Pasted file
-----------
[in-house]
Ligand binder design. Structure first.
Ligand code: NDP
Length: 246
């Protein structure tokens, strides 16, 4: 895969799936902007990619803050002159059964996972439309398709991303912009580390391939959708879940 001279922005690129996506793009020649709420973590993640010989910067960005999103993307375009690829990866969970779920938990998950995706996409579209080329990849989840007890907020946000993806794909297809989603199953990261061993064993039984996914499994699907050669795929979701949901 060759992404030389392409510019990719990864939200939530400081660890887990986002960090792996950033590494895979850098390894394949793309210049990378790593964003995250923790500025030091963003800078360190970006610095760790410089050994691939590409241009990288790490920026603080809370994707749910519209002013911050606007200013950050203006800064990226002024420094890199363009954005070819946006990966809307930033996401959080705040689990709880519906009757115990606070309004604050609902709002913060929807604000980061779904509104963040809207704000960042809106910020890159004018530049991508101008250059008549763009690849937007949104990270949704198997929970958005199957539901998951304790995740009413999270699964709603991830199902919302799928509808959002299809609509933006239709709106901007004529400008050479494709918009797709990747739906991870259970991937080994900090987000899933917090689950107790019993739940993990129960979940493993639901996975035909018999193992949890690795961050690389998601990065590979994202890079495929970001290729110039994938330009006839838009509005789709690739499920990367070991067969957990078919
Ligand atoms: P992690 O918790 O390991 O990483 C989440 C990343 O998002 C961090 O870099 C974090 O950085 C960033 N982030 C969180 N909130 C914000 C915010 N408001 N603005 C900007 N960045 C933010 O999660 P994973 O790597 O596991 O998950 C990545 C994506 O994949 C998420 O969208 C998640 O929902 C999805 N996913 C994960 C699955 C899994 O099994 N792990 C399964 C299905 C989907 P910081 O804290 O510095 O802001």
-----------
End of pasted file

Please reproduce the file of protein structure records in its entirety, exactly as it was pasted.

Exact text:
[in-house]
Ligand binder design. Structure first.
Ligand code: NDP
Length: 246
């Protein structure tokens, strides 16, 4: 895969799936902007990619803050002159059964996972439309398709991303912009580390391939959708879940 001279922005690129996506793009020649709420973590993640010989910067960005999103993307375009690829990866969970779920938990998950995706996409579209080329990849989840007890907020946000993806794909297809989603199953990261061993064993039984996914499994699907050669795929979701949901 060759992404030389392409510019990719990864939200939530400081660890887990986002960090792996950033590494895979850098390894394949793309210049990378790593964003995250923790500025030091963003800078360190970006610095760790410089050994691939590409241009990288790490920026603080809370994707749910519209002013911050606007200013950050203006800064990226002024420094890199363009954005070819946006990966809307930033996401959080705040689990709880519906009757115990606070309004604050609902709002913060929807604000980061779904509104963040809207704000960042809106910020890159004018530049991508101008250059008549763009690849937007949104990270949704198997929970958005199957539901998951304790995740009413999270699964709603991830199902919302799928509808959002299809609509933006239709709106901007004529400008050479494709918009797709990747739906991870259970991937080994900090987000899933917090689950107790019993739940993990129960979940493993639901996975035909018999193992949890690795961050690389998601990065590979994202890079495929970001290729110039994938330009006839838009509005789709690739499920990367070991067969957990078919
Ligand atoms: P992690 O918790 O390991 O990483 C989440 C990343 O998002 C961090 O870099 C974090 O950085 C960033 N982030 C969180 N909130 C914000 C915010 N408001 N603005 C900007 N960045 C933010 O999660 P994973 O790597 O596991 O998950 C990545 C994506 O994949 C998420 O969208 C998640 O929902 C999805 N996913 C994960 C699955 C899994 O099994 N792990 C399964 C299905 C989907 P910081 O804290 O510095 O802001």